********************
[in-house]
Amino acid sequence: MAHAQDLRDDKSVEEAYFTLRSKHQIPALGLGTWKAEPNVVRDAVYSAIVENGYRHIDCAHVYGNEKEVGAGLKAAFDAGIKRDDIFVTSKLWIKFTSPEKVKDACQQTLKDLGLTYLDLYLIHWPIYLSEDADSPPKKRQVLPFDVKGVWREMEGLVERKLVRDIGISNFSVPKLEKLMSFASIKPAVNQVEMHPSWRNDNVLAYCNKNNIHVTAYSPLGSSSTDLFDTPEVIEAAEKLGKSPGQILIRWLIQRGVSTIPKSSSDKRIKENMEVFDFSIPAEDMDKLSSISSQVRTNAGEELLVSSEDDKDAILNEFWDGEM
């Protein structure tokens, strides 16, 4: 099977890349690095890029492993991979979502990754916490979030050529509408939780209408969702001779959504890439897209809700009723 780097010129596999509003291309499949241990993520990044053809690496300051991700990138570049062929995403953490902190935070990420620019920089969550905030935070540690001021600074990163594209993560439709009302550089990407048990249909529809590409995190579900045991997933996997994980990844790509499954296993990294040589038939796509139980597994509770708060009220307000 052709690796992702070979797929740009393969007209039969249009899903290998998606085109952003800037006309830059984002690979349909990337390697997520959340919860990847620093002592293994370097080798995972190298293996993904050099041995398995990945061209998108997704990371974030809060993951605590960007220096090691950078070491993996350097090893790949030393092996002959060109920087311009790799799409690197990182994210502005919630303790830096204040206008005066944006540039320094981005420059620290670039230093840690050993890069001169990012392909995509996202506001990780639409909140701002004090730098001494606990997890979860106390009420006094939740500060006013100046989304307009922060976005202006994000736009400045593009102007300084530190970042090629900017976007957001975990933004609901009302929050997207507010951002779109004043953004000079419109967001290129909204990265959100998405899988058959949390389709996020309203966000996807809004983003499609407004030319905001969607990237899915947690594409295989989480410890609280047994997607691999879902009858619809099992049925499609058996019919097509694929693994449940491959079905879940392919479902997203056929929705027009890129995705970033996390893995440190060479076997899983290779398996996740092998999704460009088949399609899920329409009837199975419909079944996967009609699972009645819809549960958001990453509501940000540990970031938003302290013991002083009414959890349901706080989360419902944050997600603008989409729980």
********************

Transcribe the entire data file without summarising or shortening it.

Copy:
[in-house]
Amino acid sequence: MAHAQDLRDDKSVEEAYFTLRSKHQIPALGLGTWKAEPNVVRDAVYSAIVENGYRHIDCAHVYGNEKEVGAGLKAAFDAGIKRDDIFVTSKLWIKFTSPEKVKDACQQTLKDLGLTYLDLYLIHWPIYLSEDADSPPKKRQVLPFDVKGVWREMEGLVERKLVRDIGISNFSVPKLEKLMSFASIKPAVNQVEMHPSWRNDNVLAYCNKNNIHVTAYSPLGSSSTDLFDTPEVIEAAEKLGKSPGQILIRWLIQRGVSTIPKSSSDKRIKENMEVFDFSIPAEDMDKLSSISSQVRTNAGEELLVSSEDDKDAILNEFWDGEM
């Protein structure tokens, strides 16, 4: 099977890349690095890029492993991979979502990754916490979030050529509408939780209408969702001779959504890439897209809700009723 780097010129596999509003291309499949241990993520990044053809690496300051991700990138570049062929995403953490902190935070990420620019920089969550905030935070540690001021600074990163594209993560439709009302550089990407048990249909529809590409995190579900045991997933996997994980990844790509499954296993990294040589038939796509139980597994509770708060009220307000 052709690796992702070979797929740009393969007209039969249009899903290998998606085109952003800037006309830059984002690979349909990337390697997520959340919860990847620093002592293994370097080798995972190298293996993904050099041995398995990945061209998108997704990371974030809060993951605590960007220096090691950078070491993996350097090893790949030393092996002959060109920087311009790799799409690197990182994210502005919630303790830096204040206008005066944006540039320094981005420059620290670039230093840690050993890069001169990012392909995509996202506001990780639409909140701002004090730098001494606990997890979860106390009420006094939740500060006013100046989304307009922060976005202006994000736009400045593009102007300084530190970042090629900017976007957001975990933004609901009302929050997207507010951002779109004043953004000079419109967001290129909204990265959100998405899988058959949390389709996020309203966000996807809004983003499609407004030319905001969607990237899915947690594409295989989480410890609280047994997607691999879902009858619809099992049925499609058996019919097509694929693994449940491959079905879940392919479902997203056929929705027009890129995705970033996390893995440190060479076997899983290779398996996740092998999704460009088949399609899920329409009837199975419909079944996967009609699972009645819809549960958001990453509501940000540990970031938003302290013991002083009414959890349901706080989360419902944050997600603008989409729980």